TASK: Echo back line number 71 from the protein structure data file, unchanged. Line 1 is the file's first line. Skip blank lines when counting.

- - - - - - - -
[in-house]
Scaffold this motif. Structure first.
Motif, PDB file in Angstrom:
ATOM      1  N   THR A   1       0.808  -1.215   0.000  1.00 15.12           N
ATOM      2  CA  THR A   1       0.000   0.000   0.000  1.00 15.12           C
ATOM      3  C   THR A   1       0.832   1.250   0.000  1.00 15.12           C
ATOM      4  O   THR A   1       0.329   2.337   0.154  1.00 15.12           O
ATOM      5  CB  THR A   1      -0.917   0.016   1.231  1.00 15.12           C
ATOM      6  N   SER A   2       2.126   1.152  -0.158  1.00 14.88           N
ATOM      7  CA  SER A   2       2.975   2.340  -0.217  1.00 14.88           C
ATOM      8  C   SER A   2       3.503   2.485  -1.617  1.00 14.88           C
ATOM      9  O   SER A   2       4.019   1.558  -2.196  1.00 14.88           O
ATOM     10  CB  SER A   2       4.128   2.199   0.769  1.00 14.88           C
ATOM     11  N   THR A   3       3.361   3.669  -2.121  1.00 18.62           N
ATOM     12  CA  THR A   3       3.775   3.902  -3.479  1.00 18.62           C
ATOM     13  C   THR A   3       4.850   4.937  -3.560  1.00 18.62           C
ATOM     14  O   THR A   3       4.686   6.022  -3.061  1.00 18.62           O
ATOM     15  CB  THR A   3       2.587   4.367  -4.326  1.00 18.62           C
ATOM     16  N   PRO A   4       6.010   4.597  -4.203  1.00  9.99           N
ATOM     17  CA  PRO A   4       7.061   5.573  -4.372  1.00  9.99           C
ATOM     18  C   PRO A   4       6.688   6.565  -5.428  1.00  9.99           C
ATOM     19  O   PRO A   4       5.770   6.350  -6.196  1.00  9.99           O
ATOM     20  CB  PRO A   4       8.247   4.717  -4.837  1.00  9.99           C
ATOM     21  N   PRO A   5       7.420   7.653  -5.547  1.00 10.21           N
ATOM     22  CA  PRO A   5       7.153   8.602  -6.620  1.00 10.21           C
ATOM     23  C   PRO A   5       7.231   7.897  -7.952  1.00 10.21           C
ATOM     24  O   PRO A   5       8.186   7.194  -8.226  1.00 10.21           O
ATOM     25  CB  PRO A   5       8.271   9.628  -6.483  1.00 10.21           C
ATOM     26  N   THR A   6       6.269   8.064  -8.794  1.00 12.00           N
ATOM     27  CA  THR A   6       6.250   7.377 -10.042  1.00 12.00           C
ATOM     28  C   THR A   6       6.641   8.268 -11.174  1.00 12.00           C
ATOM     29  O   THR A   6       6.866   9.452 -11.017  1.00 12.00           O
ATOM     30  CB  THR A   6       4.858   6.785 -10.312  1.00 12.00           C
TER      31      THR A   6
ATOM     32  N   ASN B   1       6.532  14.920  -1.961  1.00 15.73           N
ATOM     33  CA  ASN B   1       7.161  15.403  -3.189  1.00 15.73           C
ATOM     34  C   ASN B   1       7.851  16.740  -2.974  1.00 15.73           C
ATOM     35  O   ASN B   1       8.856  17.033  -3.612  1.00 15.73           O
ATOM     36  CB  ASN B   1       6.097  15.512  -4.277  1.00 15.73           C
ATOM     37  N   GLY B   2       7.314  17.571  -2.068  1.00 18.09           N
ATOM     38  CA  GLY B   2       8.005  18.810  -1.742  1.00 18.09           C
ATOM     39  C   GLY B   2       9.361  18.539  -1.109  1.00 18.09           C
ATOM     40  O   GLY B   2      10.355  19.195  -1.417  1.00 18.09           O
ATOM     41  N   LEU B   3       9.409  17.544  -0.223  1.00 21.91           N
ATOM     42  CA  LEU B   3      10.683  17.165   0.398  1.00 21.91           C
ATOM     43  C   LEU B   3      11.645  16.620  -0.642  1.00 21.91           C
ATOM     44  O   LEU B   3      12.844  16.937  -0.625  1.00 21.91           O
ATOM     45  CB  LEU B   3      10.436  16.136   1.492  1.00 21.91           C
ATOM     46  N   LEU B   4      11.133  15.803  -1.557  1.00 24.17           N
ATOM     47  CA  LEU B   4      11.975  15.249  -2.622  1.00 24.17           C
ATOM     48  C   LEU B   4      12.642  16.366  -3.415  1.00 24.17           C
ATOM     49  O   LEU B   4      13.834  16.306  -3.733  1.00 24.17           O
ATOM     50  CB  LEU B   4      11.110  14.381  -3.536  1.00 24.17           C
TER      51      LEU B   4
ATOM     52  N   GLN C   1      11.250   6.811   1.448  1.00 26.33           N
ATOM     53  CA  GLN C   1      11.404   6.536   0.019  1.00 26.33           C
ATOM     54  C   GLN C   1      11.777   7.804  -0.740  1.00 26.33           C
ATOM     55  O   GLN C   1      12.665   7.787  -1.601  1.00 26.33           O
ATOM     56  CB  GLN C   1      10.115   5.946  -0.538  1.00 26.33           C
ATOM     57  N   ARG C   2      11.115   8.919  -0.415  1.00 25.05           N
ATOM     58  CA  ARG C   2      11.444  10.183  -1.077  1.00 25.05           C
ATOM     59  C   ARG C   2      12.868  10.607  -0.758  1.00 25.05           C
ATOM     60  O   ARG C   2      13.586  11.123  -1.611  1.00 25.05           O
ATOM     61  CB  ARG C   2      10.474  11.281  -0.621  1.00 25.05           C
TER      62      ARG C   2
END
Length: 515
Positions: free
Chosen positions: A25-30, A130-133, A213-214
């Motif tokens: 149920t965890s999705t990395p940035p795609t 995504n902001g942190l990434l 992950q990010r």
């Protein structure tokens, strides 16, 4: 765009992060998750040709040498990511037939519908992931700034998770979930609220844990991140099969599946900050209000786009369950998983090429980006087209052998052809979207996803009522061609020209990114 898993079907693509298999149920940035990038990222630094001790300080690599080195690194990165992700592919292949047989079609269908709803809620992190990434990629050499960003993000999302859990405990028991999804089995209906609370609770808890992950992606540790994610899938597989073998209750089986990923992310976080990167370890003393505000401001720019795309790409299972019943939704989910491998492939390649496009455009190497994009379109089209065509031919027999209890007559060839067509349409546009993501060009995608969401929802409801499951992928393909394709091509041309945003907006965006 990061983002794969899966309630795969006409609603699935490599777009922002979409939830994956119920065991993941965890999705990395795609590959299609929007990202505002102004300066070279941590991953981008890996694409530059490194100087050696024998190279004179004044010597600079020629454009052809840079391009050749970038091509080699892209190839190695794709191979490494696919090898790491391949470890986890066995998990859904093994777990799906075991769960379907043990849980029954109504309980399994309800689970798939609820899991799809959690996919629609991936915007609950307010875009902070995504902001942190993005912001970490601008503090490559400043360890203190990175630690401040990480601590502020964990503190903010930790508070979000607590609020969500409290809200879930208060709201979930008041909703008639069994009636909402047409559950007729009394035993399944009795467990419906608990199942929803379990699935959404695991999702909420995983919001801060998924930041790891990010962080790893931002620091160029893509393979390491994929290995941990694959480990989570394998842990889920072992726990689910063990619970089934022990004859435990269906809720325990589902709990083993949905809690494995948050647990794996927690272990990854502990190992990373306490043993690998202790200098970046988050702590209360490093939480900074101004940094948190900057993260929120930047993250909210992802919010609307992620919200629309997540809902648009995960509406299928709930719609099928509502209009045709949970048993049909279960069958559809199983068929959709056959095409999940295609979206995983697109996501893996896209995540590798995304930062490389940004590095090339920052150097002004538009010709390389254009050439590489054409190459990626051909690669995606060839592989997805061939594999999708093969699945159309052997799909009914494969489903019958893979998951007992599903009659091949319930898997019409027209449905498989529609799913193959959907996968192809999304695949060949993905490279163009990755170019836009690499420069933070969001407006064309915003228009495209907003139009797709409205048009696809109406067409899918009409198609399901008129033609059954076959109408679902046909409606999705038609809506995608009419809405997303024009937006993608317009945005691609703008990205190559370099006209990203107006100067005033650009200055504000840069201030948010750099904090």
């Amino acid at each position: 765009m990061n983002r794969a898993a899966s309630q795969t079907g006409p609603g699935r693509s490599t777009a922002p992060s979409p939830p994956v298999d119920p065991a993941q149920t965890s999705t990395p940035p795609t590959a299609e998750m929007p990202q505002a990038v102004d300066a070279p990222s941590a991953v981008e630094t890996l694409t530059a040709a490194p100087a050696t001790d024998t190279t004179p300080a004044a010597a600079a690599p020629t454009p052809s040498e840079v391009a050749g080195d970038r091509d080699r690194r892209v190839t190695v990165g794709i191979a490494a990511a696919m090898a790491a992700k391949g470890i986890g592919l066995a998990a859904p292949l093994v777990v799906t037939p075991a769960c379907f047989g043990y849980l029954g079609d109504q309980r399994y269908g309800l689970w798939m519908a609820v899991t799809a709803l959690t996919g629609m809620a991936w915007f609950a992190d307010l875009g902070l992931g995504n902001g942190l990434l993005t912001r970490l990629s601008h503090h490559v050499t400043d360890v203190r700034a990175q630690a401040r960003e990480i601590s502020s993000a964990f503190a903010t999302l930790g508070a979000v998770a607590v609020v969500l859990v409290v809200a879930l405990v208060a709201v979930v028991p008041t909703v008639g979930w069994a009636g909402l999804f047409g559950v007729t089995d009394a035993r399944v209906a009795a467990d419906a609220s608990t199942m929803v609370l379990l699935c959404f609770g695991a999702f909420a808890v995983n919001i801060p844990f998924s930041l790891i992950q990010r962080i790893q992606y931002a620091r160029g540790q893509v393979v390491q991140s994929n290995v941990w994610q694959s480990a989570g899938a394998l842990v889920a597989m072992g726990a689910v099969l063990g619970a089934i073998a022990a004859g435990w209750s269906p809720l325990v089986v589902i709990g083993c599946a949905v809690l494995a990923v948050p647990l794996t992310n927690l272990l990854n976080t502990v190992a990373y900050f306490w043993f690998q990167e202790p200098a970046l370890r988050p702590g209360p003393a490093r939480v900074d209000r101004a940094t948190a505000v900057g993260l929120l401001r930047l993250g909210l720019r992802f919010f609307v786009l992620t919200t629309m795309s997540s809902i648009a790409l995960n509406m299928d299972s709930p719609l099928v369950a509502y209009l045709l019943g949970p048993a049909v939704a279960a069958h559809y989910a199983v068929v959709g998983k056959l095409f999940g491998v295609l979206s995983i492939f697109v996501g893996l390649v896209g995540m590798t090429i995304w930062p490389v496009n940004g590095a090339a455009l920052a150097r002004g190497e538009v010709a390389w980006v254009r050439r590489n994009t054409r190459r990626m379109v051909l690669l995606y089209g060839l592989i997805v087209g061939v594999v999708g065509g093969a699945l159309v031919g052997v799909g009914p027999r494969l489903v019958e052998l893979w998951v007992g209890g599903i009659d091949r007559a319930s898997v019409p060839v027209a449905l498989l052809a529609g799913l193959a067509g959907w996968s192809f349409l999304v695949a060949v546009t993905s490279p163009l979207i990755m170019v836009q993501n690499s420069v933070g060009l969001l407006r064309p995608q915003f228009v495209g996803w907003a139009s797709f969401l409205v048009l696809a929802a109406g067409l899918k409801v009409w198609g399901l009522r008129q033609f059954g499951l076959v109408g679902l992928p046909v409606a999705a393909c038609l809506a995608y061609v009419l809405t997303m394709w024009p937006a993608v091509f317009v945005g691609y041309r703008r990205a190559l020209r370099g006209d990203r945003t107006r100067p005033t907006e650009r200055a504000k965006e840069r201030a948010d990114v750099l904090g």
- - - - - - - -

């Protein structure tokens, strides 16, 4: 765009992060998750040709040498990511037939519908992931700034998770979930609220844990991140099969599946900050209000786009369950998983090429980006087209052998052809979207996803009522061609020209990114 898993079907693509298999149920940035990038990222630094001790300080690599080195690194990165992700592919292949047989079609269908709803809620992190990434990629050499960003993000999302859990405990028991999804089995209906609370609770808890992950992606540790994610899938597989073998209750089986990923992310976080990167370890003393505000401001720019795309790409299972019943939704989910491998492939390649496009455009190497994009379109089209065509031919027999209890007559060839067509349409546009993501060009995608969401929802409801499951992928393909394709091509041309945003907006965006 990061983002794969899966309630795969006409609603699935490599777009922002979409939830994956119920065991993941965890999705990395795609590959299609929007990202505002102004300066070279941590991953981008890996694409530059490194100087050696024998190279004179004044010597600079020629454009052809840079391009050749970038091509080699892209190839190695794709191979490494696919090898790491391949470890986890066995998990859904093994777990799906075991769960379907043990849980029954109504309980399994309800689970798939609820899991799809959690996919629609991936915007609950307010875009902070995504902001942190993005912001970490601008503090490559400043360890203190990175630690401040990480601590502020964990503190903010930790508070979000607590609020969500409290809200879930208060709201979930008041909703008639069994009636909402047409559950007729009394035993399944009795467990419906608990199942929803379990699935959404695991999702909420995983919001801060998924930041790891990010962080790893931002620091160029893509393979390491994929290995941990694959480990989570394998842990889920072992726990689910063990619970089934022990004859435990269906809720325990589902709990083993949905809690494995948050647990794996927690272990990854502990190992990373306490043993690998202790200098970046988050702590209360490093939480900074101004940094948190900057993260929120930047993250909210992802919010609307992620919200629309997540809902648009995960509406299928709930719609099928509502209009045709949970048993049909279960069958559809199983068929959709056959095409999940295609979206995983697109996501893996896209995540590798995304930062490389940004590095090339920052150097002004538009010709390389254009050439590489054409190459990626051909690669995606060839592989997805061939594999999708093969699945159309052997799909009914494969489903019958893979998951007992599903009659091949319930898997019409027209449905498989529609799913193959959907996968192809999304695949060949993905490279163009990755170019836009690499420069933070969001407006064309915003228009495209907003139009797709409205048009696809109406067409899918009409198609399901008129033609059954076959109408679902046909409606999705038609809506995608009419809405997303024009937006993608317009945005691609703008990205190559370099006209990203107006100067005033650009200055504000840069201030948010750099904090």